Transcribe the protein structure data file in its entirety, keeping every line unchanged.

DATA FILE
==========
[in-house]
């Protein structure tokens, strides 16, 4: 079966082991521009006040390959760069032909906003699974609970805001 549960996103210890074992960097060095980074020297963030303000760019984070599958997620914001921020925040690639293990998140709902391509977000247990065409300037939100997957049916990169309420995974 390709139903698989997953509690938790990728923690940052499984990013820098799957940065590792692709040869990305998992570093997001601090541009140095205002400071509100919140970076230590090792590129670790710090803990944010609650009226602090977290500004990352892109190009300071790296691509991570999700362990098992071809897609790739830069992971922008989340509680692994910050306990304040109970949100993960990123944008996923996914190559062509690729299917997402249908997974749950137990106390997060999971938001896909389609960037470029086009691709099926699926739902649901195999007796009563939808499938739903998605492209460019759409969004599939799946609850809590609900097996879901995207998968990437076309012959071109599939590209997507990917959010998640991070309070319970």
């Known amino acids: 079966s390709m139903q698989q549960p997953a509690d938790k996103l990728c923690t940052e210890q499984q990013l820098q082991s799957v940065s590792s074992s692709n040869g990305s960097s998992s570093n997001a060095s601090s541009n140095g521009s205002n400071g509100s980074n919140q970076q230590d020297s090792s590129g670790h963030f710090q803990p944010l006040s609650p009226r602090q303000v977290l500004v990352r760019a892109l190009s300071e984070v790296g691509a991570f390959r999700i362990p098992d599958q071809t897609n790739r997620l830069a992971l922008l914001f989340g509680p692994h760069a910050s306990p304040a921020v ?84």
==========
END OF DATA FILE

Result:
[in-house]
């Protein structure tokens, strides 16, 4: 079966082991521009006040390959760069032909906003699974609970805001 549960996103210890074992960097060095980074020297963030303000760019984070599958997620914001921020925040690639293990998140709902391509977000247990065409300037939100997957049916990169309420995974 390709139903698989997953509690938790990728923690940052499984990013820098799957940065590792692709040869990305998992570093997001601090541009140095205002400071509100919140970076230590090792590129670790710090803990944010609650009226602090977290500004990352892109190009300071790296691509991570999700362990098992071809897609790739830069992971922008989340509680692994910050306990304040109970949100993960990123944008996923996914190559062509690729299917997402249908997974749950137990106390997060999971938001896909389609960037470029086009691709099926699926739902649901195999007796009563939808499938739903998605492209460019759409969004599939799946609850809590609900097996879901995207998968990437076309012959071109599939590209997507990917959010998640991070309070319970």
């Known amino acids: 079966s390709m139903q698989q549960p997953a509690d938790k996103l990728c923690t940052e210890q499984q990013l820098q082991s799957v940065s590792s074992s692709n040869g990305s960097s998992s570093n997001a060095s601090s541009n140095g521009s205002n400071g509100s980074n919140q970076q230590d020297s090792s590129g670790h963030f710090q803990p944010l006040s609650p009226r602090q303000v977290l500004v990352r760019a892109l190009s300071e984070v790296g691509a991570f390959r999700i362990p098992d599958q071809t897609n790739r997620l830069a992971l922008l914001f989340g509680p692994h760069a910050s306990p304040a921020v ?84």